The words of our title are to denote the institutional framework of a market economy such as ours. Markets of course may exist in a centrally administered economy. 'Market socialism' has come into fashion (for good reasons) of late, but markets for capital assets, and thus for financial assets, cannot exist in a socialist economy.
By contrast, such asset markets, and in particular a Stock Exchange embedded in a network of financial asset markets, form the core of a market economy: they are in fact its central markets. The network of financial markets in the South African economy constitutes the main subject matter of the De Kock Report. 1 The Report attempts to find answers to questions of policy applicable to it.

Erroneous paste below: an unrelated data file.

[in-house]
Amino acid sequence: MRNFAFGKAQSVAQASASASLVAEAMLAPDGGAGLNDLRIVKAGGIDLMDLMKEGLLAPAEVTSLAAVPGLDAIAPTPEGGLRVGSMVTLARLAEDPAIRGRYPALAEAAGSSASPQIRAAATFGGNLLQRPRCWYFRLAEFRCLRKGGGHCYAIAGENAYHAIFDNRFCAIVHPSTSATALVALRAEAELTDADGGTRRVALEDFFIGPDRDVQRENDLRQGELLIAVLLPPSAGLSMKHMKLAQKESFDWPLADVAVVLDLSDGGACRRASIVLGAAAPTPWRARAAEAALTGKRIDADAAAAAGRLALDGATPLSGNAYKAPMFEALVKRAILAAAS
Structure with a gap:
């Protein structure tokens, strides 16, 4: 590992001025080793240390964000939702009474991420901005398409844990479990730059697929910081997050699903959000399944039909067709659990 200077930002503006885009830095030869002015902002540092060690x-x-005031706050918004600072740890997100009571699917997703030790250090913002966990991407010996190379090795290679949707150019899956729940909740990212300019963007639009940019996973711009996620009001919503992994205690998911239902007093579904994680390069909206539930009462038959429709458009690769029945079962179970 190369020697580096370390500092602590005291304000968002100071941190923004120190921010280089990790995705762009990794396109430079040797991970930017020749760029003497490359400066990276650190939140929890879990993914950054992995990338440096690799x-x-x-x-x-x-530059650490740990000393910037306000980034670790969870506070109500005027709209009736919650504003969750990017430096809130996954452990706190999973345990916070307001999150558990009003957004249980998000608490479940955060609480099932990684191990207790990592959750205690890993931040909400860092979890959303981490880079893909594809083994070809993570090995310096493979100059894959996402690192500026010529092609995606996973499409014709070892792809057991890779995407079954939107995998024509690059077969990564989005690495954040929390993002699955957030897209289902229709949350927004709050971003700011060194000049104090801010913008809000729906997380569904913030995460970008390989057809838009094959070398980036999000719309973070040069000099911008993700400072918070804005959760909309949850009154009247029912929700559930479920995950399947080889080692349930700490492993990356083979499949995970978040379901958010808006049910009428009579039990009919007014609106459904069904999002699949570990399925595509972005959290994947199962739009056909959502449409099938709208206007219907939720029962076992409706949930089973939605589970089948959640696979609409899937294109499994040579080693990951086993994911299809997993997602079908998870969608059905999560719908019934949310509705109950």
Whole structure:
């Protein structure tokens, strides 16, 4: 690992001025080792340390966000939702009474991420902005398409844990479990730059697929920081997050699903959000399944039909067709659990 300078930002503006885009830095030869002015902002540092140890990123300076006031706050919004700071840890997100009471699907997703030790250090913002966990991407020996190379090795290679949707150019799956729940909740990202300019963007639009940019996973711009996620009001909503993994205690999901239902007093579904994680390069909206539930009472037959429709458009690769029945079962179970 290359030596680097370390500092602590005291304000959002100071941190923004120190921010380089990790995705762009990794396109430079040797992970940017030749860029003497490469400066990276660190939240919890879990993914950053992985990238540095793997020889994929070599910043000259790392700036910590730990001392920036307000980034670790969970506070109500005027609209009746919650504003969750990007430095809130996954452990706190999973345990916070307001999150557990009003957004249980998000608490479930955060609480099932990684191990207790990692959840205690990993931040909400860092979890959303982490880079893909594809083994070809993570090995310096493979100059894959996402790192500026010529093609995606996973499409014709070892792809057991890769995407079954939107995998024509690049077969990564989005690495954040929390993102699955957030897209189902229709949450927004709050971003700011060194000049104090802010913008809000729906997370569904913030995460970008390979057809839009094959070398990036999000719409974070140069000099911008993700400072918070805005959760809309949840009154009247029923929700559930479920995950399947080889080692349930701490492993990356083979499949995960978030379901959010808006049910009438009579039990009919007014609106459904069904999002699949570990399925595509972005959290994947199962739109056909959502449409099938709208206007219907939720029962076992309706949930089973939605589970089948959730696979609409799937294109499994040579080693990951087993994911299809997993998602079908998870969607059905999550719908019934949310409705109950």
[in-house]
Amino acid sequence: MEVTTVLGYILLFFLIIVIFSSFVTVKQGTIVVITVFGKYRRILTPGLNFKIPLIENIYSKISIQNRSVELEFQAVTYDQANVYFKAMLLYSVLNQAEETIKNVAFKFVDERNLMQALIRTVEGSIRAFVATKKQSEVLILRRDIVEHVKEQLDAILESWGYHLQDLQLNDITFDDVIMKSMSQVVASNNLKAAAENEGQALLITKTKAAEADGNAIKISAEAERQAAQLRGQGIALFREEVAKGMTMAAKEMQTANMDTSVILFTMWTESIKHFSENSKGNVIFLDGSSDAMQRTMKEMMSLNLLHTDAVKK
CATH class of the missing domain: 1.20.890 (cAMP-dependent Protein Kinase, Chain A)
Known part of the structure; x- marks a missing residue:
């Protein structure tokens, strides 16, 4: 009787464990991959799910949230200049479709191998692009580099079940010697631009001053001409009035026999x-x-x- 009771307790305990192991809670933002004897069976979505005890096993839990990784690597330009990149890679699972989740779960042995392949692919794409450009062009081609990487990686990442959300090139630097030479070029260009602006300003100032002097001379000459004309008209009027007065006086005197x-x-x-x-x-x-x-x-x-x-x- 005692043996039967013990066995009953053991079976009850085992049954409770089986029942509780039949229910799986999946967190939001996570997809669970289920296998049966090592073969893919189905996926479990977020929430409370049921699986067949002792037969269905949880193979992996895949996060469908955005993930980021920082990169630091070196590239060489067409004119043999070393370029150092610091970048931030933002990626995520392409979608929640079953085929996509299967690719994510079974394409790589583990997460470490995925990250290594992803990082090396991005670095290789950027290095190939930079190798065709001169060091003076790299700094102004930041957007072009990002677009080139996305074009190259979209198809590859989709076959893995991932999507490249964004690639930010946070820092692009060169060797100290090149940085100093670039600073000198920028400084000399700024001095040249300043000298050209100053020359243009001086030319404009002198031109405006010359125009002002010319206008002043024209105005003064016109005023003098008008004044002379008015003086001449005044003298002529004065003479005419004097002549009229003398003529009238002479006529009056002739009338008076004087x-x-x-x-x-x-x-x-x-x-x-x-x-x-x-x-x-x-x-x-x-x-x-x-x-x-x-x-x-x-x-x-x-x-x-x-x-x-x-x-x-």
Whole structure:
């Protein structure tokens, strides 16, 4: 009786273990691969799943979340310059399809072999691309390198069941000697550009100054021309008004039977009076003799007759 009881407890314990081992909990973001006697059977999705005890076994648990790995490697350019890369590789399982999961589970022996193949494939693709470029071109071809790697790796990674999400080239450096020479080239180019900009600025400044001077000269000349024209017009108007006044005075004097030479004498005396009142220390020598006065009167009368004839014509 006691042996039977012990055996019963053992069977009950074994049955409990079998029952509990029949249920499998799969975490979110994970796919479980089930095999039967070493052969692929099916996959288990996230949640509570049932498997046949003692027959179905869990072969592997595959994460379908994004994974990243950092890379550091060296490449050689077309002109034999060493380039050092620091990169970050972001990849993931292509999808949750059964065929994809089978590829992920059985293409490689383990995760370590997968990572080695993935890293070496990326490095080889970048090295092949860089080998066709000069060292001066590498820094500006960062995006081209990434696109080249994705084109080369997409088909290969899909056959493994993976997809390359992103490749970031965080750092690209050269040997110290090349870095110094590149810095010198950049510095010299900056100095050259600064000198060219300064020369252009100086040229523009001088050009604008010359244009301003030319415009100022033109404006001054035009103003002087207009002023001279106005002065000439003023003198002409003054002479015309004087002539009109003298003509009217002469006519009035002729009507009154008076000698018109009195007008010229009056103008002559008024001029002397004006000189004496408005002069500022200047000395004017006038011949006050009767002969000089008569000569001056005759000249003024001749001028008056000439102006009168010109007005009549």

We are thus concerned with the monetary institutions of the South African market economy, those in existence today and those to be brought into existence. In approaching our subject it will be useful to remember Menger's distinction, now a century old, between organic institutions, like money and the pattern of location of industry, which are the product of the interplay of market forces, as a rule over fairly long periods, and pragmatic institutions, like the political constitutions of modern states, which are products of the political will. Making this distinction permits us to understand better the main problem to which the Commission had to address itself: how to devise by political action those monetary institutions that would best complement the other institutions the money market has evolved in the course of the last three decades. We may say that the mode of interaction